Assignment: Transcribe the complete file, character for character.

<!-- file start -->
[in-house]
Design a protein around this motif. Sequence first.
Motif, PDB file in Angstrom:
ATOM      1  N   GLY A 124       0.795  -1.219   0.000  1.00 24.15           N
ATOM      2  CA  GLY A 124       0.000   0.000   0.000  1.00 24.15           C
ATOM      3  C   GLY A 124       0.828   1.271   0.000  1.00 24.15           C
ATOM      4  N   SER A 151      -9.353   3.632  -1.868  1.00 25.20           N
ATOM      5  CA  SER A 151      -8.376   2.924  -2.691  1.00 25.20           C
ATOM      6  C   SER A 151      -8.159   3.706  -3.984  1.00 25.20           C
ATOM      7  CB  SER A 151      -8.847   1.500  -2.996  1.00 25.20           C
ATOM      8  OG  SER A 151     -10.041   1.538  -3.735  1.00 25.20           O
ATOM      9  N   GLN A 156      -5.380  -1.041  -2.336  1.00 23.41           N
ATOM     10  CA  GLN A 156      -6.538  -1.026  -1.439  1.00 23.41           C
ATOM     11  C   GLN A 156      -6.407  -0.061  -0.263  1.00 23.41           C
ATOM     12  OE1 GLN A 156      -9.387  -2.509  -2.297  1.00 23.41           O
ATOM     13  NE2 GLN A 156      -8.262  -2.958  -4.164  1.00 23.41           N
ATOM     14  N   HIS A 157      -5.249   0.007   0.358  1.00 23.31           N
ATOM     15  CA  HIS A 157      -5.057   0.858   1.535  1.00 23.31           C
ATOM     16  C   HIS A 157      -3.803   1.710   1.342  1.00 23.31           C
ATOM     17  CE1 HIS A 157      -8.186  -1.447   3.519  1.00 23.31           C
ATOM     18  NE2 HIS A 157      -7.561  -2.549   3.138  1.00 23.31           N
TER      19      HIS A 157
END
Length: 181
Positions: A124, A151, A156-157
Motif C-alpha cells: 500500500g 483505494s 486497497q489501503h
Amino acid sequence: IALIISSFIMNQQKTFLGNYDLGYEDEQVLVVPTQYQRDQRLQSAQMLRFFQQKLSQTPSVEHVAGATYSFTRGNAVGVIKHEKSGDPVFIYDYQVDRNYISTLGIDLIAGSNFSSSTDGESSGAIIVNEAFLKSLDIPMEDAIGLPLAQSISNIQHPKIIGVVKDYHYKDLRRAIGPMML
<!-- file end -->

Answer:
[in-house]
Design a protein around this motif. Sequence first.
Motif, PDB file in Angstrom:
ATOM      1  N   GLY A 124       0.795  -1.219   0.000  1.00 24.15           N
ATOM      2  CA  GLY A 124       0.000   0.000   0.000  1.00 24.15           C
ATOM      3  C   GLY A 124       0.828   1.271   0.000  1.00 24.15           C
ATOM      4  N   SER A 151      -9.353   3.632  -1.868  1.00 25.20           N
ATOM      5  CA  SER A 151      -8.376   2.924  -2.691  1.00 25.20           C
ATOM      6  C   SER A 151      -8.159   3.706  -3.984  1.00 25.20           C
ATOM      7  CB  SER A 151      -8.847   1.500  -2.996  1.00 25.20           C
ATOM      8  OG  SER A 151     -10.041   1.538  -3.735  1.00 25.20           O
ATOM      9  N   GLN A 156      -5.380  -1.041  -2.336  1.00 23.41           N
ATOM     10  CA  GLN A 156      -6.538  -1.026  -1.439  1.00 23.41           C
ATOM     11  C   GLN A 156      -6.407  -0.061  -0.263  1.00 23.41           C
ATOM     12  OE1 GLN A 156      -9.387  -2.509  -2.297  1.00 23.41           O
ATOM     13  NE2 GLN A 156      -8.262  -2.958  -4.164  1.00 23.41           N
ATOM     14  N   HIS A 157      -5.249   0.007   0.358  1.00 23.31           N
ATOM     15  CA  HIS A 157      -5.057   0.858   1.535  1.00 23.31           C
ATOM     16  C   HIS A 157      -3.803   1.710   1.342  1.00 23.31           C
ATOM     17  CE1 HIS A 157      -8.186  -1.447   3.519  1.00 23.31           C
ATOM     18  NE2 HIS A 157      -7.561  -2.549   3.138  1.00 23.31           N
TER      19      HIS A 157
END
Length: 181
Positions: A124, A151, A156-157
Motif C-alpha cells: 500500500g 483505494s 486497497q489501503h
Amino acid sequence: IALIISSFIMNQQKTFLGNYDLGYEDEQVLVVPTQYQRDQRLQSAQMLRFFQQKLSQTPSVEHVAGATYSFTRGNAVGVIKHEKSGDPVFIYDYQVDRNYISTLGIDLIAGSNFSSSTDGESSGAIIVNEAFLKSLDIPMEDAIGLPLAQSISNIQHPKIIGVVKDYHYKDLRRAIGPMML